Staccato: Wireless USB to be big in 2009

As the chipmaker unveils its Ripcord 2 65nm CMOS ultrawideband system on a chip, its CEO claims PC makers will start offering wireless USB more widely next year

Computer manufacturers will start offering wireless USB as a standard option for European customers next year, a chipmaker has claimed.

Staccato Communications manufactures chips for technologies based on ultrawideband (UWB) connectivity, including wireless USB (WUSB). The first WUSB-enabled products were certified in 2007 — the year in which UWB was legalised in Europe — but they failed to make it to Europe with WUSB included. Currently, only a dozen or so PC models are available anywhere in the world with WUSB as a configuration option.

However, according to Staccato chief executive Marty Colombatto, 2009 will be the year when WUSB starts finding its way into a much wider variety of machines. Colombatto said this to ahead of Staccato's Tuesday announcement of its Ripcord 2 UWB system-on-a-chip (SoC).

"In 2009, you will certainly see PC manufacturers start offering [WUSB] as a standard feature in some portion of the product line," said Colombatto. "That's a necessary foundation for the widespread deployment of WUSB."

Wireless USB is, as its name suggests, the intended successor to wired USB. A high-bandwidth, short-range technology, its big selling point is elimination of cables in the home and office. The biggest potential downside for the technology is the fact that it cannot be used to power peripherals, as can be done with traditional USB.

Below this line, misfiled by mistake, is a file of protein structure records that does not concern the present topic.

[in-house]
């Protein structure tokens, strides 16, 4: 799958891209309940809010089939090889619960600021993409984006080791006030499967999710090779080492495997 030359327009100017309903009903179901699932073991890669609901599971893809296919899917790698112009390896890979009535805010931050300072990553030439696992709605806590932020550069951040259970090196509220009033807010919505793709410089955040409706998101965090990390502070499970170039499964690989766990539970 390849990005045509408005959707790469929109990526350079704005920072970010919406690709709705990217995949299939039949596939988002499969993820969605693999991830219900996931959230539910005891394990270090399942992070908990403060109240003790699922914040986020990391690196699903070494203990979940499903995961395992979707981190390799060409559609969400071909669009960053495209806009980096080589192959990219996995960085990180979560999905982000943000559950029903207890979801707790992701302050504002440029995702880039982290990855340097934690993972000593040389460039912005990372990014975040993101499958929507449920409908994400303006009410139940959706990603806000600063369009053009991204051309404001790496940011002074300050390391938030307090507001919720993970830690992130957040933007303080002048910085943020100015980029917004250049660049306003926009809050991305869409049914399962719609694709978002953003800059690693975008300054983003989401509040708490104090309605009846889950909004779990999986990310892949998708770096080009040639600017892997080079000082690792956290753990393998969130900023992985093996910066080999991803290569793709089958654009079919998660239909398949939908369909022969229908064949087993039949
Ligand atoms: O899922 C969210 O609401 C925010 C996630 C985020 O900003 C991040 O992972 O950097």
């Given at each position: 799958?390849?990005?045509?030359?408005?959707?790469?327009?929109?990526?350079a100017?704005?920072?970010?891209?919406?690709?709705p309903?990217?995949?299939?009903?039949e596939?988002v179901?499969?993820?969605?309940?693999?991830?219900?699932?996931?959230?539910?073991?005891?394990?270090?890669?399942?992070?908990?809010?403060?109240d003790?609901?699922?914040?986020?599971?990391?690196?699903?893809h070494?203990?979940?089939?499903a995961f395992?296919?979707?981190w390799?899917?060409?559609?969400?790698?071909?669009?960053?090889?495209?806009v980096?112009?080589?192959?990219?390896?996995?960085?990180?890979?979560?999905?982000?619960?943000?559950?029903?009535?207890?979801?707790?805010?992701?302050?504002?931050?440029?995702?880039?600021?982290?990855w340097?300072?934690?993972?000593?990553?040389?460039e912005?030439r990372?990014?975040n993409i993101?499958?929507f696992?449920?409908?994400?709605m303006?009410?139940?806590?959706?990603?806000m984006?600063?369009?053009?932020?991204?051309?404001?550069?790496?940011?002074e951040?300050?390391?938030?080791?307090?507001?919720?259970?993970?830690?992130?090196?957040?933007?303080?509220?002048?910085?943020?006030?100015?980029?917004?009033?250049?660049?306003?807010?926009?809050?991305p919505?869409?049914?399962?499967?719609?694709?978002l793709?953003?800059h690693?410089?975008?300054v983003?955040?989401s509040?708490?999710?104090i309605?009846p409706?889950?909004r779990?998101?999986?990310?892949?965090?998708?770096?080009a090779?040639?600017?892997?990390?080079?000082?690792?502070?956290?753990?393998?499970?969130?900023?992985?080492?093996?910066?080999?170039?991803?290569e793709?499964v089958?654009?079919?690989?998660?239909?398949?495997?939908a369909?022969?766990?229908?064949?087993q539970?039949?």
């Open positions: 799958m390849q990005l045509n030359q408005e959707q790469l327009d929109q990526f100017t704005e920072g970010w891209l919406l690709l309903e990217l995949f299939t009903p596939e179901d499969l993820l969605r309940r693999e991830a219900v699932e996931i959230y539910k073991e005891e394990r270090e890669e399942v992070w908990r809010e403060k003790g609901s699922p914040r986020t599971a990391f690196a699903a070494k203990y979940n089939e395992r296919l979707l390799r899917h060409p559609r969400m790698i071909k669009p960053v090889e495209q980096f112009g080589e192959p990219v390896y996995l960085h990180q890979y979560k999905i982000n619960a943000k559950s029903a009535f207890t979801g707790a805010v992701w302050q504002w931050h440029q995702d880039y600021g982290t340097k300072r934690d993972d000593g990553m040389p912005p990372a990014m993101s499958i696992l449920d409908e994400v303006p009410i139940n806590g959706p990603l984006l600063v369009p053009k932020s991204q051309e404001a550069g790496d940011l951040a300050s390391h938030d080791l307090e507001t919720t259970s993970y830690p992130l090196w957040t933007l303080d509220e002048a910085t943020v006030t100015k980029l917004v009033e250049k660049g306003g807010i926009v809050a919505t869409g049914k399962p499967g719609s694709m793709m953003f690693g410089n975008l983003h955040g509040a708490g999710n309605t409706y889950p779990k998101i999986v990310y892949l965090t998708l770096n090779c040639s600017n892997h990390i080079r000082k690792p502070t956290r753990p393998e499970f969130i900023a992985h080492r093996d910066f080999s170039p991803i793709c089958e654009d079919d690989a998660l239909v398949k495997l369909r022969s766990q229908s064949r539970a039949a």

The reason for WUSB's failure to take off thus far, according to Colombatto, has been the failure of WUSB hardware to reach a suitable price point. "They're waiting for the right price profile," he said. "When I was at Broadcom, I ran the networking business there, and we made the transition from fast Ethernet to gigabit Ethernet. There wasn't any [particular] application driving that; it was the right price point."

Colombatto claimed Ripcord 2 will be the first chipset to reach "the right" price point. A 65nm (nanometre) CMOS SoC, Ripcord 2 should be in production in the first quarter of 2009, he said.

"I don't know if anyone would have predicted [the success of Bluetooth]," Colombatto noted, by way of an analogy. "It is not a killer app, but one of convenience. It certainly comes at a higher price, but consumers are willing to pay a bit extra to eliminate a cable." He added that laptop manufacturers are keen to introduce new features and "give customers a reason to adopt the new and throw out the old".

Ripcord 2's predecessor, Ripcord 1, never made it into any products. According to Staccato, this was because the 110nm CMOS chip was too big and power-hungry — it had a power consumption of 500mW, around twice that of its successor — and because Ripcord 2 was developed relatively quickly. "We Osborned it", said Colombatto, referring to the industry myth of Osborne Computer Corporation's collapse in 1983 due to premature announcement of a new product.

The PC manufacturer Lenovo told on Wednesday that it was planning to bring out some UWB-enabled laptops in Europe in the first quarter of next year. Other manufacturers contacted have, thus far, refused to comment on their UWB- or WUSB-related plans.